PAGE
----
Another source of power for chiefs was the abolition of igikingi domains begun in 1926. We have noted that an igikingi consisted of land held by carde owners, in which the proprietor controlled the use of pasturage and the distribution of agricultural land. But ibikingi, regarded as “anomalies” by the Belgian administration, were eliminated as part of the European policy of regroupment; abolition of ibikingi was also viewed by the administration as a means of providing plots to cultivators who had insufficient land.

In one sense, Belgian policy merely extended a practice that had begun well before 1926, when hill chiefs appointed from outside attempted to gain control over land within their administrative domain. But through standardization efforts under colonial rule, subchiefs now obtained a “legal” right to take over igikingi land. The major victims, cattle-owners who did not themselves hold any political office, found their pastures being turned into agricultural plots, distributed by the subchiefs.

Presumably the former land clients of igikingi-holders would have found it necessary to seek some form of linkage with the subchief (the new “land patron”), often through ubuhake clientship. Ubuhake cattle clientship also became important for those who had or acquired cattle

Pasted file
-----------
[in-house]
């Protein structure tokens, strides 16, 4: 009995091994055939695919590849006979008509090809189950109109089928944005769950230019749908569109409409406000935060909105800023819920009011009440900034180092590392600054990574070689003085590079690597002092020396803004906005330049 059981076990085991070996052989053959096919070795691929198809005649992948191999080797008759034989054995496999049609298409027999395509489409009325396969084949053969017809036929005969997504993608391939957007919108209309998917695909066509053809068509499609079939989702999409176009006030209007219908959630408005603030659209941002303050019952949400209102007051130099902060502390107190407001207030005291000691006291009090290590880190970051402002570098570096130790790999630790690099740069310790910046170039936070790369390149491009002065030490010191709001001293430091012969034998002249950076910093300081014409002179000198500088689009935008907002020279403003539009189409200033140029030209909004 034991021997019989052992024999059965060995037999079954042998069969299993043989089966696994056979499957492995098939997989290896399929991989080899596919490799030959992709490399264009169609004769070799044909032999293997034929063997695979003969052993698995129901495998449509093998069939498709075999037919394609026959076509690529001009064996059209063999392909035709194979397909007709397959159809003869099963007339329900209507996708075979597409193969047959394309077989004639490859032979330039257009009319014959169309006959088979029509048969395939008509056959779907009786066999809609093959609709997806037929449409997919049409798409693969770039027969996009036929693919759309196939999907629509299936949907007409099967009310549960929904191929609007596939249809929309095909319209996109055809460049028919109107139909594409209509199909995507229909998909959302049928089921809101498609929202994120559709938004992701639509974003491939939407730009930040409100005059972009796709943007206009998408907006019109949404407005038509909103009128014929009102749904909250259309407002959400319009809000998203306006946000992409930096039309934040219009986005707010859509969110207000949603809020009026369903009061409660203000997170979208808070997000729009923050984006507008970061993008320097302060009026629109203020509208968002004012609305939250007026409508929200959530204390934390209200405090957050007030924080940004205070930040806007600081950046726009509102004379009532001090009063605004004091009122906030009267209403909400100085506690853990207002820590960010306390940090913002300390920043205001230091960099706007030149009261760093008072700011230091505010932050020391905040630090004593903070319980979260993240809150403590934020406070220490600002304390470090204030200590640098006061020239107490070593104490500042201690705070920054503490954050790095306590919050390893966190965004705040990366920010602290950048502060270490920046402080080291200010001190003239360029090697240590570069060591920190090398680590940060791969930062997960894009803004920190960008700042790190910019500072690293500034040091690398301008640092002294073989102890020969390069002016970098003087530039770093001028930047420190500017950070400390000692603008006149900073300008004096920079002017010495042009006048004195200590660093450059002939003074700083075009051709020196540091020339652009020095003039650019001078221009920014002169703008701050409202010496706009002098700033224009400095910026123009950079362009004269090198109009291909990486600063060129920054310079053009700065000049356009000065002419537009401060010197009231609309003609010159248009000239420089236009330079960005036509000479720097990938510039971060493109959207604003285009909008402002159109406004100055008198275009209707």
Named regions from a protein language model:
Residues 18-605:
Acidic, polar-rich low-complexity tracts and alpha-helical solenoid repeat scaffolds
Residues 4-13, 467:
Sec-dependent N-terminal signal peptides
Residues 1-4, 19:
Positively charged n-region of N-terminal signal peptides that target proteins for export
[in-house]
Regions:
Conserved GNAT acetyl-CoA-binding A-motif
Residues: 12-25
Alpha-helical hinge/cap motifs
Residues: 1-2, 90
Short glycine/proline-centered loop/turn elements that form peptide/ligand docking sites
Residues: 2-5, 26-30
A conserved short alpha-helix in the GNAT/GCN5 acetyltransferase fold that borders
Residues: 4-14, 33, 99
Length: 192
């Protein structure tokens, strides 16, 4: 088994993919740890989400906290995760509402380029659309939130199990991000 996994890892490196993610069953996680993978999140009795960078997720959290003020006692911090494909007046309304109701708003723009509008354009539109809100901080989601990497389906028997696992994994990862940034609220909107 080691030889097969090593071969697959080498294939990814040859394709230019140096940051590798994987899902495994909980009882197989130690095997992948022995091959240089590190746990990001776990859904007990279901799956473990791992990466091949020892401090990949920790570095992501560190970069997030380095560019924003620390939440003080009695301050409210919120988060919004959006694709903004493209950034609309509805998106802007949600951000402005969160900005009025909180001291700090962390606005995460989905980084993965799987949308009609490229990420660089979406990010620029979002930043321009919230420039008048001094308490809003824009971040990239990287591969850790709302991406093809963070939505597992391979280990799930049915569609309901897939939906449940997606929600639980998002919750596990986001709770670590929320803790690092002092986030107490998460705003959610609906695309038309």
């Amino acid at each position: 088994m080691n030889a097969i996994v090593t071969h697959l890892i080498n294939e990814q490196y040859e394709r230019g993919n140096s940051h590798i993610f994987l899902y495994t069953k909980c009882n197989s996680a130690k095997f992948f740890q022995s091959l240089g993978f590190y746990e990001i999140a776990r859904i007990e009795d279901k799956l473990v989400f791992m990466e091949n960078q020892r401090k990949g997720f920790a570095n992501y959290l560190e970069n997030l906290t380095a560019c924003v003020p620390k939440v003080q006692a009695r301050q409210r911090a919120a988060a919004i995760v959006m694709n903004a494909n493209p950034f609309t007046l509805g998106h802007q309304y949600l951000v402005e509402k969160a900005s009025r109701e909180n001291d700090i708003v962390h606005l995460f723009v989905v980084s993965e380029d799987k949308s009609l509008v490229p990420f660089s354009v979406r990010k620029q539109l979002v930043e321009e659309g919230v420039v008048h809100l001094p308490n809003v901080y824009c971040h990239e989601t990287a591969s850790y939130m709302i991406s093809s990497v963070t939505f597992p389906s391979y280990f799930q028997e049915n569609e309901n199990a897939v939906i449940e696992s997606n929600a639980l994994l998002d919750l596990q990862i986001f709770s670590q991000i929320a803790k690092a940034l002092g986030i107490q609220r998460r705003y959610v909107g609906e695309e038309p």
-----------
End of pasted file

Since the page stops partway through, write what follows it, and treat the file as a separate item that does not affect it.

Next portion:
and lived in regions of high population density. With the reduction in amount of pasturage, and the control by subchiefs over that land, persons without an ubuhake patron oftencloud flot find pasturage for their cattle. This was particularly true on the Nyamirundi peninsula, where cattle density in relation to population was the highest of any area of Kinyaga.

https://uk.amateka.net/wp-content/uploads/2020/08/image.pnghttps://uk.amateka.net/wp-content/uploads/2020/08/image-150x150.pngBarataModel CitizenshipUnder German rule, Kinyagan notables such as Seekabaraga and Nyankiiko had gained power and wealth. Although nominally the local representatives of Rwidegembya, Rwagataraka's father, they were not closely supervised. Rwidegembya, who had other regions to command as well, spent much of his time at court and did not pay...AMATEKA